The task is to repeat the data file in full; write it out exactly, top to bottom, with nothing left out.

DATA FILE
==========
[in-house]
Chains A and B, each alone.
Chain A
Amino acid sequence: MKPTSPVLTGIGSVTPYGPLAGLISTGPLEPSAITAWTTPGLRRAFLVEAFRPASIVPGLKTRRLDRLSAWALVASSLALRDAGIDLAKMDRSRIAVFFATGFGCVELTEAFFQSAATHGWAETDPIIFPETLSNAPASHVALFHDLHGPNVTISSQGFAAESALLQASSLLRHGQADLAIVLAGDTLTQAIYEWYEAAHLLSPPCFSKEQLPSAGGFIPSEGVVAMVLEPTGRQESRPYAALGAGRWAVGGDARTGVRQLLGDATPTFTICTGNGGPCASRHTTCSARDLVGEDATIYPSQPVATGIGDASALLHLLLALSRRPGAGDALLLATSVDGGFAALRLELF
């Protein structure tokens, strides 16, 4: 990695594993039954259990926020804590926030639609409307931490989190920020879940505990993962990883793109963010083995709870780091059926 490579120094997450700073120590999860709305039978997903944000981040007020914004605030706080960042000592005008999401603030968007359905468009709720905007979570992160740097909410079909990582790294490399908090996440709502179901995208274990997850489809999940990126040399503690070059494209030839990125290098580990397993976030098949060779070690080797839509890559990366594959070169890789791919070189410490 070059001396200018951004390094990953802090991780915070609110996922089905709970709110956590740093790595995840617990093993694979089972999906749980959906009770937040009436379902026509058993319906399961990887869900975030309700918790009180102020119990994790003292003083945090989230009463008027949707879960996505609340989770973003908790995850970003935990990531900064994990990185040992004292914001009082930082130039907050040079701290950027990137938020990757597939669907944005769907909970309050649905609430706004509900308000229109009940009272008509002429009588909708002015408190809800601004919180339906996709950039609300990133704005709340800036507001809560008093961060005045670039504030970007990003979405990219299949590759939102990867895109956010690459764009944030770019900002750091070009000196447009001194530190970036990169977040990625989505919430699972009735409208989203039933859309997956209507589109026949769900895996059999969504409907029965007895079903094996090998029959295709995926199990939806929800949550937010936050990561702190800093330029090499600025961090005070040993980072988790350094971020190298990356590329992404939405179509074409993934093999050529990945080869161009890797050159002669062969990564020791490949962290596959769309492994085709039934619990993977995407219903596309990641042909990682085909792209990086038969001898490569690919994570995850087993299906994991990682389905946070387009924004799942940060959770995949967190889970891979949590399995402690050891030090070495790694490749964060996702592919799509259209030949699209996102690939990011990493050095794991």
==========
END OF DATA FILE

[in-house]
Chains A and B, each alone.
Chain A
Amino acid sequence: MKPTSPVLTGIGSVTPYGPLAGLISTGPLEPSAITAWTTPGLRRAFLVEAFRPASIVPGLKTRRLDRLSAWALVASSLALRDAGIDLAKMDRSRIAVFFATGFGCVELTEAFFQSAATHGWAETDPIIFPETLSNAPASHVALFHDLHGPNVTISSQGFAAESALLQASSLLRHGQADLAIVLAGDTLTQAIYEWYEAAHLLSPPCFSKEQLPSAGGFIPSEGVVAMVLEPTGRQESRPYAALGAGRWAVGGDARTGVRQLLGDATPTFTICTGNGGPCASRHTTCSARDLVGEDATIYPSQPVATGIGDASALLHLLLALSRRPGAGDALLLATSVDGGFAALRLELF
């Protein structure tokens, strides 16, 4: 990695594993039954259990926020804590926030639609409307931490989190920020879940505990993962990883793109963010083995709870780091059926 490579120094997450700073120590999860709305039978997903944000981040007020914004605030706080960042000592005008999401603030968007359905468009709720905007979570992160740097909410079909990582790294490399908090996440709502179901995208274990997850489809999940990126040399503690070059494209030839990125290098580990397993976030098949060779070690080797839509890559990366594959070169890789791919070189410490 070059001396200018951004390094990953802090991780915070609110996922089905709970709110956590740093790595995840617990093993694979089972999906749980959906009770937040009436379902026509058993319906399961990887869900975030309700918790009180102020119990994790003292003083945090989230009463008027949707879960996505609340989770973003908790995850970003935990990531900064994990990185040992004292914001009082930082130039907050040079701290950027990137938020990757597939669907944005769907909970309050649905609430706004509900308000229109009940009272008509002429009588909708002015408190809800601004919180339906996709950039609300990133704005709340800036507001809560008093961060005045670039504030970007990003979405990219299949590759939102990867895109956010690459764009944030770019900002750091070009000196447009001194530190970036990169977040990625989505919430699972009735409208989203039933859309997956209507589109026949769900895996059999969504409907029965007895079903094996090998029959295709995926199990939806929800949550937010936050990561702190800093330029090499600025961090005070040993980072988790350094971020190298990356590329992404939405179509074409993934093999050529990945080869161009890797050159002669062969990564020791490949962290596959769309492994085709039934619990993977995407219903596309990641042909990682085909792209990086038969001898490569690919994570995850087993299906994991990682389905946070387009924004799942940060959770995949967190889970891979949590399995402690050891030090070495790694490749964060996702592919799509259209030949699209996102690939990011990493050095794991």